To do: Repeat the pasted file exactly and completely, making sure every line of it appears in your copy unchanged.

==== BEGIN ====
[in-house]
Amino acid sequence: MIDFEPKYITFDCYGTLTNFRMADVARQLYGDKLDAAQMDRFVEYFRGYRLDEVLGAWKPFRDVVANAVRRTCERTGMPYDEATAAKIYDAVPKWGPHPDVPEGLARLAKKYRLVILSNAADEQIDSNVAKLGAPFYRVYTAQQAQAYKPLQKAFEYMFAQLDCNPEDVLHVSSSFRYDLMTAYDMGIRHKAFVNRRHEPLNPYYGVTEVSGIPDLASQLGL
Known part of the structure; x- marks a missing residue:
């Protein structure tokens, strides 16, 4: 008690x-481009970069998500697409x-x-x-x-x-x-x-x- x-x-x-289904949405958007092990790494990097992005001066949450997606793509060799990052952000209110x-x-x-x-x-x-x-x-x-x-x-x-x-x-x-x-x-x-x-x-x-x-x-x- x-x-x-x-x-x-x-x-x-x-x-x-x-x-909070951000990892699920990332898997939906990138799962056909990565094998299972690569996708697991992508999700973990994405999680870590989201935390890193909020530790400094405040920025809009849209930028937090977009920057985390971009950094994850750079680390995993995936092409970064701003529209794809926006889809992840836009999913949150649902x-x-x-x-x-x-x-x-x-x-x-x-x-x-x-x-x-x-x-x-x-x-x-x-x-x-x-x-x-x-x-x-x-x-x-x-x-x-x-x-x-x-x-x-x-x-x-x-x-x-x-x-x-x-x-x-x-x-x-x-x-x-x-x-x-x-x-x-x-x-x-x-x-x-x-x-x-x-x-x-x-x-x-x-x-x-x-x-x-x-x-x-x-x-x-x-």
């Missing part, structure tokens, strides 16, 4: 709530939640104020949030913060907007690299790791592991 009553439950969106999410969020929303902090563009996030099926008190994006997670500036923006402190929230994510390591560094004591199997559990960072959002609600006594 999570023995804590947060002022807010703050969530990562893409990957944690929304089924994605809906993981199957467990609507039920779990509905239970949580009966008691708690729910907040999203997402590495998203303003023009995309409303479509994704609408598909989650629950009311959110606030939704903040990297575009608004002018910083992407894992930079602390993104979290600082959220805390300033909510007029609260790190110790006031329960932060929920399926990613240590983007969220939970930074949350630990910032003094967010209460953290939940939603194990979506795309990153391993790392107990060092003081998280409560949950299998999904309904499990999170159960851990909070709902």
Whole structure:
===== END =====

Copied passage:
[in-house]
Amino acid sequence: MIDFEPKYITFDCYGTLTNFRMADVARQLYGDKLDAAQMDRFVEYFRGYRLDEVLGAWKPFRDVVANAVRRTCERTGMPYDEATAAKIYDAVPKWGPHPDVPEGLARLAKKYRLVILSNAADEQIDSNVAKLGAPFYRVYTAQQAQAYKPLQKAFEYMFAQLDCNPEDVLHVSSSFRYDLMTAYDMGIRHKAFVNRRHEPLNPYYGVTEVSGIPDLASQLGL
Known part of the structure; x- marks a missing residue:
């Protein structure tokens, strides 16, 4: 008690x-481009970069998500697409x-x-x-x-x-x-x-x- x-x-x-289904949405958007092990790494990097992005001066949450997606793509060799990052952000209110x-x-x-x-x-x-x-x-x-x-x-x-x-x-x-x-x-x-x-x-x-x-x-x- x-x-x-x-x-x-x-x-x-x-x-x-x-x-909070951000990892699920990332898997939906990138799962056909990565094998299972690569996708697991992508999700973990994405999680870590989201935390890193909020530790400094405040920025809009849209930028937090977009920057985390971009950094994850750079680390995993995936092409970064701003529209794809926006889809992840836009999913949150649902x-x-x-x-x-x-x-x-x-x-x-x-x-x-x-x-x-x-x-x-x-x-x-x-x-x-x-x-x-x-x-x-x-x-x-x-x-x-x-x-x-x-x-x-x-x-x-x-x-x-x-x-x-x-x-x-x-x-x-x-x-x-x-x-x-x-x-x-x-x-x-x-x-x-x-x-x-x-x-x-x-x-x-x-x-x-x-x-x-x-x-x-x-x-x-x-």
């Missing part, structure tokens, strides 16, 4: 709530939640104020949030913060907007690299790791592991 009553439950969106999410969020929303902090563009996030099926008190994006997670500036923006402190929230994510390591560094004591199997559990960072959002609600006594 999570023995804590947060002022807010703050969530990562893409990957944690929304089924994605809906993981199957467990609507039920779990509905239970949580009966008691708690729910907040999203997402590495998203303003023009995309409303479509994704609408598909989650629950009311959110606030939704903040990297575009608004002018910083992407894992930079602390993104979290600082959220805390300033909510007029609260790190110790006031329960932060929920399926990613240590983007969220939970930074949350630990910032003094967010209460953290939940939603194990979506795309990153391993790392107990060092003081998280409560949950299998999904309904499990999170159960851990909070709902």
Whole structure: